That was the last of four pulleys, sprockets and hubs that had to be removed to expose the failed bearing, which partly due to good engineering didn't start any fires! That shaft is supported by drives in the four directions, or nearly so, which remarkably support it, & so though we were suspicious and keeping an eye on things, even upon "failure" you could still all but hold your fingers on it.

Not so after hub removal, but Thank God for gear pullers, acetylene and oxygen! And penetrating oils, and hammers, and...

So you tell me; was that the better invention, or this?






Common themes can be a good thing, right? Because July was interesting also!

Believe it or not, that's another functional antique that had just undergone some sheet metal repairs. Getting it transferred off the gooseneck trailer, onto its own flatbed (which the prior owner recovered out of the Gallatin River!) was a little tricky. Thank God Cody was here then...

So I need to get away from the desk, and finish getting that thing operational. Particularly as harvest looms, yet another good thing.

I'm thinking I'm going to have to adjust the routine around here, though. Ordinarily I'm at the computer in the mornings, and then step out the door back into the sixties or maybe seventies the rest of the day. These days, though, doing physical work, wrestling heavy stuff around in the later afternoons around here would be utter insanity and certainly heatstroke potential. Although driving combine would be tolerable, as the World's Finest $1000 Combine might not have air conditioning, but those old swamp coolers aren't too bad!

Amazingly (or not) the camelina is holding up pretty well in the blast furnace. Of course it's early maturing, drought tolerant, competes exceptionally well, and...

Not to go on about farming stuff (I would never do that), but the above photo is a horrendously depleted field that would barely grow wheat and barley in prior years. The camelina interseeded with red clover is doing kinda OK, though, perhaps partly because of ongoing education, sometimes accidental!

When camelina first appeared on the scene here in Montana, going on ten years ago now, the "conventional wisdom" was to seed it at about 3# per acre. Looking back, those were kinda thin stands, although the plants bushed out remarkably. The lower stems were finger-sized and all but indestructible, so if you were building a straw-bale house...

Over the years I'd bumped it up to about 5# per acre, plus a pound and a half of red clover, mostly seeded with our old disc drill. Now that we have mounted harrows on the air seeder, we're back up to 36' in width, versus 10' with the disc drill. Believe me, that helps retain the sanity of farmers... Except as you can imagine, those are still very light seeding rates, versus around a bushel (60#) with wheat.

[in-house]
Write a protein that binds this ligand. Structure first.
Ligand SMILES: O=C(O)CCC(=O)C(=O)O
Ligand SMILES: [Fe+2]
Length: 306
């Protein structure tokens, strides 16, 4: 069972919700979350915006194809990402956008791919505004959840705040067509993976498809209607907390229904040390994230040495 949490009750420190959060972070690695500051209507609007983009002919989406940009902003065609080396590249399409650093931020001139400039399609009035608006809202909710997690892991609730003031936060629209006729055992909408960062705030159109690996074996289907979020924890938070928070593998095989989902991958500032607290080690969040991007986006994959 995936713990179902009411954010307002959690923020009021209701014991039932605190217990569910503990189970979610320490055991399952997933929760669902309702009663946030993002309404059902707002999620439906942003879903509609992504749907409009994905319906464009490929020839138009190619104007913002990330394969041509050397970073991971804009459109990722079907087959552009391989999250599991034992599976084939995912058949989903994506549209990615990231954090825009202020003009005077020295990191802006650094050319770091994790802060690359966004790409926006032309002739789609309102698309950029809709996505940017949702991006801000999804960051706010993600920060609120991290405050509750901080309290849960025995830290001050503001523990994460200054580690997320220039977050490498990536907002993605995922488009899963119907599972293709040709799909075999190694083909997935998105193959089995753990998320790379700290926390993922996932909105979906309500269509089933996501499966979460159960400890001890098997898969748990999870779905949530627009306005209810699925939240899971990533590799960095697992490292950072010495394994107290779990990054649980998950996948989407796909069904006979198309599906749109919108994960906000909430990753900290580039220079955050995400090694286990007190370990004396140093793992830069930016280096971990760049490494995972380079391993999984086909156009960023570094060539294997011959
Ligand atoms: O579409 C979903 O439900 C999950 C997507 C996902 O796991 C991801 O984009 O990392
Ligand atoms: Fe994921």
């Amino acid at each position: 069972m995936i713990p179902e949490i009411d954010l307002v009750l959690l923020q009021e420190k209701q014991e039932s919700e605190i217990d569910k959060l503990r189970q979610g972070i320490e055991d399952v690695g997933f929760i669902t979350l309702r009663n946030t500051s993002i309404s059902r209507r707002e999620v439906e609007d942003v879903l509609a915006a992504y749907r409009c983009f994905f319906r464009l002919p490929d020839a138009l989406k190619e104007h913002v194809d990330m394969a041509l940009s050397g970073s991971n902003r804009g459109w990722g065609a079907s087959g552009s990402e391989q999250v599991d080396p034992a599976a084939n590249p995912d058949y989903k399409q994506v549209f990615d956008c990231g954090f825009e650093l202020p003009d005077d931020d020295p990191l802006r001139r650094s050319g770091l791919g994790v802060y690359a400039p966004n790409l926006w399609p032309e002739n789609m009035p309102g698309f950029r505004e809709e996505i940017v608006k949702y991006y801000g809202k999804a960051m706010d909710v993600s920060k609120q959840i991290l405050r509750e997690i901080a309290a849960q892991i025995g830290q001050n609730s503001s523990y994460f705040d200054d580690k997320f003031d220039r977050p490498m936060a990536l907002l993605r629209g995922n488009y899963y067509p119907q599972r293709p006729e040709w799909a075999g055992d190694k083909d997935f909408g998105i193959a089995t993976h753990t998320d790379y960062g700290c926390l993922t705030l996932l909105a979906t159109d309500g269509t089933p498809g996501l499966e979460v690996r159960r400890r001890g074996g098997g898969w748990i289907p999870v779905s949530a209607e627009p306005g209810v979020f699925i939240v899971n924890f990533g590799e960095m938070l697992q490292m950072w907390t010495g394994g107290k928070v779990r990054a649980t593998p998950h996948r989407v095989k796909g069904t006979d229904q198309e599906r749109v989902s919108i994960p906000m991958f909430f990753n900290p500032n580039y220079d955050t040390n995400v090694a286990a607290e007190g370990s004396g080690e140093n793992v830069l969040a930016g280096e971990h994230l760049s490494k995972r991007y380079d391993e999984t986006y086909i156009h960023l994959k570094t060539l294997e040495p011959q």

So when I started out with the air seeder this spring, I set it for three metering units (versus ~50 with wheat or barley), and was mildly alarmed to find out I was getting it on kind of heavy, 8# or so of camelina and clover mix. Except it turns out that was just the ticket! Even Sustainable Oils (alas, now defunct) had the best yield results seeding the camelina at about 6# per acre.

Alas, I cut back to two metering units, and turned out that wasn't heavy enough. Luckily only on a couple smaller fields, but... tsk. Live & learn, etc...

At least the camelina is holding up better than the hay did. Of course the Rockpile isn't exactly hay ground, but even on the more typical good ground here in the Valley of the Flowers, hay yields are atrociously low. In fact at a Farmer's Market last week, someone Kim was talking with said it was up to $260/ton, which I believe would set records around here!

Perhaps luckily I didn't grow up haying, and it's still not my thing. As a soil rebuilding, and horse feeding project, OK, but otherwise...

I far prefer camelina (as a rotational crop), rotating with wheat & barley, and a bit of flax, and...

One noteworthy thing, perhaps the most exciting news we got in July, was approval from the State of Montana, registering the camelina meal (the byproduct after we cold-press the oil) as a natural fertilizer/soil amendment. In fact we got that news the same day I finished haying in the photo above, so Friday the 13th's can be good!!

We'll have it in bigger bags also, it's looking like at Planet Natural and Cashman Nursery, as well as hopefully Murdoch's.

Plus believe it or not, we finally have an online store on the BiOmega3 site!

It's still kind of a rough draft, and if anyone can figure out why the coding refuses to allow me to add the Store link in gold on that top navigation bar, I'll send you some oil! Or buy you a beer, or...

I'd fought with adding conventional "shopping cart" software some time back. As usual, it's a template, and so some parts don't fit all that well. Plus of course with that particular package, after fighting with it for three days I found out it only allowed in-person pickup. No shipping wizards!! Preposterous...

Besides, I highly doubt there's any wizards that handle variable pricing structure, where if you buy one bottle of oil it's retail, but if you do a combo there's a slight discount, and if you get up into cases it's wholesale, and if we're talking pallet loads...